Printers Sue Nigeria’s Electoral Body Over Ballot Paper Printing

Ballot paper: Local printers set to sue INEC (News Central TV)

The Independent National Electoral Commission may face legal action after it was claimed that a significant portion of its election-related materials were printed abroad by Nigerian printers affiliated with the Chartered Institute of Professional Printers of Nigeria.

According to the agency, this was against the CIPPON Act 24 of 2007 of the Federal Republic of Nigeria and was illegal.

The council is tasked with supervising, regulating, and administering printers, the printing industry, and other printing-related problems in Nigeria.

The President of CIPPON, Olugbemi Malomo, acknowledged that the electoral body had been assigning printing projects to local printers in an interview with reporters on Thursday, but he argued that outsourcing printing contracts to foreign corporations was against the law.

Malomo stated that per the legislation, INEC was required to use CIPPON to award the printing of all electoral materials, including ballots, to regional printers.

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He cited Section 23b of the CIPPON Act, which states, “In regulating the registration of printing practitioners, the council ensures that no firm or partnership shall practise as printers in Nigeria unless it is registered by the council.’’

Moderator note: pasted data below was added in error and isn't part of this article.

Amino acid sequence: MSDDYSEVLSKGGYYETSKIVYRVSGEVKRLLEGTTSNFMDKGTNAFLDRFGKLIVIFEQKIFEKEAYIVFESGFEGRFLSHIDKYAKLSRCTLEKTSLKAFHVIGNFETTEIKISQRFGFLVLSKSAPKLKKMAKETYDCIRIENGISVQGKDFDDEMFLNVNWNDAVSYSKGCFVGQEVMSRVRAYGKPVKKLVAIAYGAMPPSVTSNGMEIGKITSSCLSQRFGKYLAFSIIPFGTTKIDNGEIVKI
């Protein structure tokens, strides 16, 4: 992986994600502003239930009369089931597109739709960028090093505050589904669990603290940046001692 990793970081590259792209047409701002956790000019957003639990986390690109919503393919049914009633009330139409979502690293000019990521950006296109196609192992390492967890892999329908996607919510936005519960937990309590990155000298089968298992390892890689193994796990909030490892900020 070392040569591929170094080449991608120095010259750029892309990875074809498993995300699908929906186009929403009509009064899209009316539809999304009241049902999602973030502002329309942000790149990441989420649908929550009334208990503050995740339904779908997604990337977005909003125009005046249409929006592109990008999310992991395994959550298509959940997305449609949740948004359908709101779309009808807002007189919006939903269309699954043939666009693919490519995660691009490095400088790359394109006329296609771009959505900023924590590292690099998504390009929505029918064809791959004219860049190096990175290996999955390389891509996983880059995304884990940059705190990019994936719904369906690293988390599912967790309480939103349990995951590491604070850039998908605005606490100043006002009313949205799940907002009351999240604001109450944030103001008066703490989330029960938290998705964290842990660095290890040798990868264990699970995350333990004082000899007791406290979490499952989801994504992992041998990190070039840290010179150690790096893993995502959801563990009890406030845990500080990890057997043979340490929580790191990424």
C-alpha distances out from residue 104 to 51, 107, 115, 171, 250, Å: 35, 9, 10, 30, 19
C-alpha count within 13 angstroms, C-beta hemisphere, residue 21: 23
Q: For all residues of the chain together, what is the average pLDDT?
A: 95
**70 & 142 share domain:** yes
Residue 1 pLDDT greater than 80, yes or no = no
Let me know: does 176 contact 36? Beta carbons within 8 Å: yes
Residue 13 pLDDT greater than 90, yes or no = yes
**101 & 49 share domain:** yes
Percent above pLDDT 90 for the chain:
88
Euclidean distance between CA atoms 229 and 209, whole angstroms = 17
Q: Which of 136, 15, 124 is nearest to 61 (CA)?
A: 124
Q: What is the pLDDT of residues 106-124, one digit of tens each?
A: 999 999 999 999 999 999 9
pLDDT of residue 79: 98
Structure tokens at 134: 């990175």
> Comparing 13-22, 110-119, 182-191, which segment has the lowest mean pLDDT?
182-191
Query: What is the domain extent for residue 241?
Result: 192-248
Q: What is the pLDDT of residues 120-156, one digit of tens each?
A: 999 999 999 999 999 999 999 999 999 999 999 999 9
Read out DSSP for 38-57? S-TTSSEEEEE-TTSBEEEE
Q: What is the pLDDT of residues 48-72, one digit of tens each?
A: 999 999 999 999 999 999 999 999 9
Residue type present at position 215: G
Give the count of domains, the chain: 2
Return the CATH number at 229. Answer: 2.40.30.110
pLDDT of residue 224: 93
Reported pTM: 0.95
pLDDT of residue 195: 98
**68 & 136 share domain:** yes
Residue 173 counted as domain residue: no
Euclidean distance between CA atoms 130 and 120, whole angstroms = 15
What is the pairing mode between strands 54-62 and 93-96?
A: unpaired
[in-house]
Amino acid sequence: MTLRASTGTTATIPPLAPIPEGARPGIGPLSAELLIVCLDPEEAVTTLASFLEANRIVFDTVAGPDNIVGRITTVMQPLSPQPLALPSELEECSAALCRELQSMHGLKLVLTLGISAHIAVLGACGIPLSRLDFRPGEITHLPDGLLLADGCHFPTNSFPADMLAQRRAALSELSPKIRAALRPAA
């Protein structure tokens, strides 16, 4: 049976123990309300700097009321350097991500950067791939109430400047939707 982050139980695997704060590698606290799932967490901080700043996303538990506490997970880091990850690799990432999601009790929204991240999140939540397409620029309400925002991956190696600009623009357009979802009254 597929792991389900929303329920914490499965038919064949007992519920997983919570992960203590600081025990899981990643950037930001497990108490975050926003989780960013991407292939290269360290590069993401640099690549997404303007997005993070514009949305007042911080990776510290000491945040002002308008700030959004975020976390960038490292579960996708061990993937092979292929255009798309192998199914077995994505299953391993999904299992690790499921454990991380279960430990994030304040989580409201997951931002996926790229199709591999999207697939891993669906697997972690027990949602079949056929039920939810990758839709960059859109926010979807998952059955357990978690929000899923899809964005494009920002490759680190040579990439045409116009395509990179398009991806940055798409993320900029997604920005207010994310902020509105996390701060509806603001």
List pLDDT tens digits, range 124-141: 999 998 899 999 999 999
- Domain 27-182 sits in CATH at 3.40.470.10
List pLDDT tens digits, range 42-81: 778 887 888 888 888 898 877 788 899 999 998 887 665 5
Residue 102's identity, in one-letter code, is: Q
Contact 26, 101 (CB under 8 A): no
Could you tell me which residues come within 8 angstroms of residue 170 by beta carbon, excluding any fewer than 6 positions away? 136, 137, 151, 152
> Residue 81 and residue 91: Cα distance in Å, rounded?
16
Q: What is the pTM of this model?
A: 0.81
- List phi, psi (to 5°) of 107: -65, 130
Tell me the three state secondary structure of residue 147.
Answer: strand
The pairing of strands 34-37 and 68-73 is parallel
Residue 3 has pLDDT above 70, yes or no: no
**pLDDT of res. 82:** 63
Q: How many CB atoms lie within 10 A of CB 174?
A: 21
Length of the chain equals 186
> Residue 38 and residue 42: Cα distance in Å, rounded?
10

Malomo stated that there was an improvement in the awards of contracts to Nigerian printers after the CIPPON council visited the INEC Chairman, Mahmood Yakubu, in Abuja last year.

Mahmood Yakubu

The CIPPON President said, “There was an increase in patronage of our members. To that extent, that advocacy was meaningful. The second point is what percentage were we able to get? We have not been able to collate that.

“Was there any percentage (in INEC printing jobs) that was taken out? Certainly, but we don’t know what percentage that was taken out. The next level of advocacy, we are thinking of doing and I want you to quote me on this; is that we need to approach a court to interpret the law because the Act that established us says, ‘If you are not our member, you can’t get a printing job in Nigeria.’

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“But we are aware that they patronise people who are not our members, so, we will eventually seek an interpretation of that (in court). But by and large, more people are patronised but we can’t say at what level or how many people were patronised.

“But with the help of the fourth estate of the realm (the media) and for the benefit of all Nigerians, we all need to work together. People are taking the jobs out of the country and I can tell you it is not because of lack of capacity, it is because of other interests.’’

Malomo responded to suggestions that Nigerian businesses might not be able to complete the project by the deadline by asserting that the switch to electronic voting had removed the mystery around ballots.

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He emphasised that no single company could deliver the quantity of ballot sheets and other materials required for the election and claimed that the new Electoral Act had eliminated the argument of lack of capacity typically used against Nigerian printers, giving INEC enough time to prepare.

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